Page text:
June 22, 1864: Moved from Roswell Ga.to the front. The Army of the Tenn. attacked by the rebs. Gen. McPherson killed. The enemy repulsed with terrible slaughter. Our Brigade (Sprague’s) driven out of Decaturwith a loss of 254 men. The 43rd came up too late to participate.

June 23: Marched in to Decatur found the enemy had left. Buried our dead and brought off our wounded. Tore up the railroads for twenty miles towards Augusta Ga.

Page 5: Col. John Fuller

From Aug. 1861, Fuller was colonel of the 27th Ohio Volunteer Infantry, a regiment with six month’s experience in the field by March 1862, when Edwin’s 43rd OVI left Ohio for the first time and arrived in Missouri. Gen. Pope, commanding the Army of the Mississippi, banded the 27th Ohio, 39th Ohio, 43rd Ohio and 63rd Ohiointo a brigade. In July 1862, Col. Fuller, formerly a book publisher in Toledo, Ohio, was given command of the Ohio Brigade.

Page 10: Col. Joseph L. Kirby Smith, 43rdOhio Volunteer Infantry (1862)

Colonel Smith, a West Point and Pennsylvania man, was the first colonel of the 43rd OVI, greatly admired by the Ohio men in his command. At the second Battle of Corinth, on Oct. 4, 1862 he was shot in the head and fell from his white horse while rallying the regiment. Amid the hard-fought battle, word swept the regiment that Smith had been killed. Lt. Col. Wager Swayne filled the breach to rally the stunned regiment and successfully defend Battery Robinett, helping the Union win the battle. To the regiment’s relief, Col. Smith had not been killed on the field, but sadly succumbed to his moral wounds on Oct. 12, 1862.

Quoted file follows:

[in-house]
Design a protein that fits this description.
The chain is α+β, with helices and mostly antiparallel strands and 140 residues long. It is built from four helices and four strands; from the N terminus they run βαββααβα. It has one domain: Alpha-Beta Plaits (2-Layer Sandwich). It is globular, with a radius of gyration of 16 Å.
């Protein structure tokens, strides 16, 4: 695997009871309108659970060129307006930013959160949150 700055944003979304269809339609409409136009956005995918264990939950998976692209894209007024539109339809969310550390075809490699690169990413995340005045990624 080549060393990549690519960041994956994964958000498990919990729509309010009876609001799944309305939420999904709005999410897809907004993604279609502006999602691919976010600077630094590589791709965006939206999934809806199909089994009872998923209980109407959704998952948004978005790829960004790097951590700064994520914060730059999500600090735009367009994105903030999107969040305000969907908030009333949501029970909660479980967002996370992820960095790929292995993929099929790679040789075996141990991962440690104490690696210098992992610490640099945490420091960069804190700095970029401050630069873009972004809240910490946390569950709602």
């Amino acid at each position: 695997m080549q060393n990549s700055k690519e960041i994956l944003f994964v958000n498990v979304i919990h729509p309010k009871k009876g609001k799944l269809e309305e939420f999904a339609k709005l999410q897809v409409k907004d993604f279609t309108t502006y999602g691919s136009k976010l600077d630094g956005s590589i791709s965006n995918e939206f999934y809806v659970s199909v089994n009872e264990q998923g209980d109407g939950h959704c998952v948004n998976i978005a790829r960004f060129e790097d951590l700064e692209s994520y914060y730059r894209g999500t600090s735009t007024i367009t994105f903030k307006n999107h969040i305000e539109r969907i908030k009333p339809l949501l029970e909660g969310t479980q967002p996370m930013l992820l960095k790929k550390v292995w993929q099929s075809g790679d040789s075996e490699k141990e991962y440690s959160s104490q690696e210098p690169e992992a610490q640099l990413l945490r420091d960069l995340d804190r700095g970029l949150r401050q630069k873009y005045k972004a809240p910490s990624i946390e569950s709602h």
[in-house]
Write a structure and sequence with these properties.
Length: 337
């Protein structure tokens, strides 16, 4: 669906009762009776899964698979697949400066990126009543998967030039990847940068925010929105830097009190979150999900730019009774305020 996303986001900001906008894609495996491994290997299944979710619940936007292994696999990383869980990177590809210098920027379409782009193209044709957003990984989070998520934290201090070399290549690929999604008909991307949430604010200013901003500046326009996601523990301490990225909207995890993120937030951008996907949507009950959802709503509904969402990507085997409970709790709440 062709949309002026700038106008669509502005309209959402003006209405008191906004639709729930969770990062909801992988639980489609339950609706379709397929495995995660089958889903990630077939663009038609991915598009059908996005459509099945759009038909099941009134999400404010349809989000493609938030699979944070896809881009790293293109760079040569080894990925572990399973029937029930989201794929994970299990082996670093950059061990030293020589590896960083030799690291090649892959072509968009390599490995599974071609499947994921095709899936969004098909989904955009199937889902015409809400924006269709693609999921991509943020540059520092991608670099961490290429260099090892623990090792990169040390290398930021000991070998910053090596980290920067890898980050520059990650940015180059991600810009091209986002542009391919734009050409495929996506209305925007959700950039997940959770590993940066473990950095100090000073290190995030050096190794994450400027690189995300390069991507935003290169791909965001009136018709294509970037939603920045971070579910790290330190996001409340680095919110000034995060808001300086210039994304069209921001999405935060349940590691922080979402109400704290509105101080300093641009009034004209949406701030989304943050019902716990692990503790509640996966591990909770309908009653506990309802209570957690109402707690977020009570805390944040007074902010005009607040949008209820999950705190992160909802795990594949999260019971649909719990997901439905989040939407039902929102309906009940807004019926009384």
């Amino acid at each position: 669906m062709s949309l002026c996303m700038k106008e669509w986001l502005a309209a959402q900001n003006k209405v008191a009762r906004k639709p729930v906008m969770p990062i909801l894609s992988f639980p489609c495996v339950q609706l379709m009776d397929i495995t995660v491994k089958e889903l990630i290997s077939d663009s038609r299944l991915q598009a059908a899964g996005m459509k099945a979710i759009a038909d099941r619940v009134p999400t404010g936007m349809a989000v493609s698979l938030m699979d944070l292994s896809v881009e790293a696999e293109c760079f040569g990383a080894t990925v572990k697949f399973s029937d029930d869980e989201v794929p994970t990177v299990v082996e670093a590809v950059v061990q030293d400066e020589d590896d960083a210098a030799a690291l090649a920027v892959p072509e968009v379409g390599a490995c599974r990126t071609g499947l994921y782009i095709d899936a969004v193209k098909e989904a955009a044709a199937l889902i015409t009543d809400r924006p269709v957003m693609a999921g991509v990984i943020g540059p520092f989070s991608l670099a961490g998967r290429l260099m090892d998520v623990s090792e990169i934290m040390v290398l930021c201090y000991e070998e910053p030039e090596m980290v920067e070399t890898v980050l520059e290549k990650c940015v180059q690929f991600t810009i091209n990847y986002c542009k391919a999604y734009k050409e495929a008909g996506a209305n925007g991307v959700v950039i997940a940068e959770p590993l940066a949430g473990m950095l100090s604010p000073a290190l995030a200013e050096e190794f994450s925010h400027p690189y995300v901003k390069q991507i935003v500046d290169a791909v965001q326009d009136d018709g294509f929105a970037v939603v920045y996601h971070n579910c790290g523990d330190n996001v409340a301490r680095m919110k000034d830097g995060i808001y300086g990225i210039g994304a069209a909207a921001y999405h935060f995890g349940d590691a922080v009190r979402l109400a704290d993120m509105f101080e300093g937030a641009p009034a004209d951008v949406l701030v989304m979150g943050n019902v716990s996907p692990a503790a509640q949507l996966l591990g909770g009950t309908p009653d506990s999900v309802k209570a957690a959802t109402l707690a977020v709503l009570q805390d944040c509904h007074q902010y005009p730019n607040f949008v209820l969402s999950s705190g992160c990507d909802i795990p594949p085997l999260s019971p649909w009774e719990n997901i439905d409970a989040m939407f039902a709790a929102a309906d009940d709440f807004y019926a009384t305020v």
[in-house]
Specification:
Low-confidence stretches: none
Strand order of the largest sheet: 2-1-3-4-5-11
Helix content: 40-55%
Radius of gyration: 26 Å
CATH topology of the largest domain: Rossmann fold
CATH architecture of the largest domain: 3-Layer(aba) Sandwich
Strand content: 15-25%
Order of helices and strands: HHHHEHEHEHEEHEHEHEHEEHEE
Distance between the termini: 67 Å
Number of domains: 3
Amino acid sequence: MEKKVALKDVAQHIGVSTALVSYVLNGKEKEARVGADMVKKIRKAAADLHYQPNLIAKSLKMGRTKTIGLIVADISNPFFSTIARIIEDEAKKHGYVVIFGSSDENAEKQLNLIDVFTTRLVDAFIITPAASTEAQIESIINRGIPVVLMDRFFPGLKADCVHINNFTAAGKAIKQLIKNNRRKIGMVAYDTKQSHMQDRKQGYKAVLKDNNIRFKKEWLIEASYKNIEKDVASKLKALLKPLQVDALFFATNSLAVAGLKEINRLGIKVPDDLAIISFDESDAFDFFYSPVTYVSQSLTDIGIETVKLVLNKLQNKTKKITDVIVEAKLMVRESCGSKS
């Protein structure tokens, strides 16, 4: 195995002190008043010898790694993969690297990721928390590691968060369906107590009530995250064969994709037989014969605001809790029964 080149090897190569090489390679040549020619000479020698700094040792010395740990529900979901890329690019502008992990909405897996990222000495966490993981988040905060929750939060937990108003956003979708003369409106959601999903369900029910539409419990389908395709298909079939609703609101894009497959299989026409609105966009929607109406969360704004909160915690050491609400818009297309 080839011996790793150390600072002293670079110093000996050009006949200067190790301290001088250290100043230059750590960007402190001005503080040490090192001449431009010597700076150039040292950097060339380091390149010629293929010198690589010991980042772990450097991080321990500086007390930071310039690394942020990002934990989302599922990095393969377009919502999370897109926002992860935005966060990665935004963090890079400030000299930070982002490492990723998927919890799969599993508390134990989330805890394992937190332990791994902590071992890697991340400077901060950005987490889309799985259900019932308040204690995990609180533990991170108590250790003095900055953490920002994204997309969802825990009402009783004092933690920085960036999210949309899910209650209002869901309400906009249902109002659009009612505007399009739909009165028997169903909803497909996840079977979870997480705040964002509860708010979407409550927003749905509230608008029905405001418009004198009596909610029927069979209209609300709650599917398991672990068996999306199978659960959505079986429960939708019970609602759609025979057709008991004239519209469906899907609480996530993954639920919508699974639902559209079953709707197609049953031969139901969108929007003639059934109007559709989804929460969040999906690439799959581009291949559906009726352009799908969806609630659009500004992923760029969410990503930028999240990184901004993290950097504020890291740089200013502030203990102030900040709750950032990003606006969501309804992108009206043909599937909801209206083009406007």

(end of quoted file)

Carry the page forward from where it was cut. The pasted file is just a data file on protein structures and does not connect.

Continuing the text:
Page 11: Col. Wager Swayne, 43rdOhio Volunteer Infantry (1862-1865)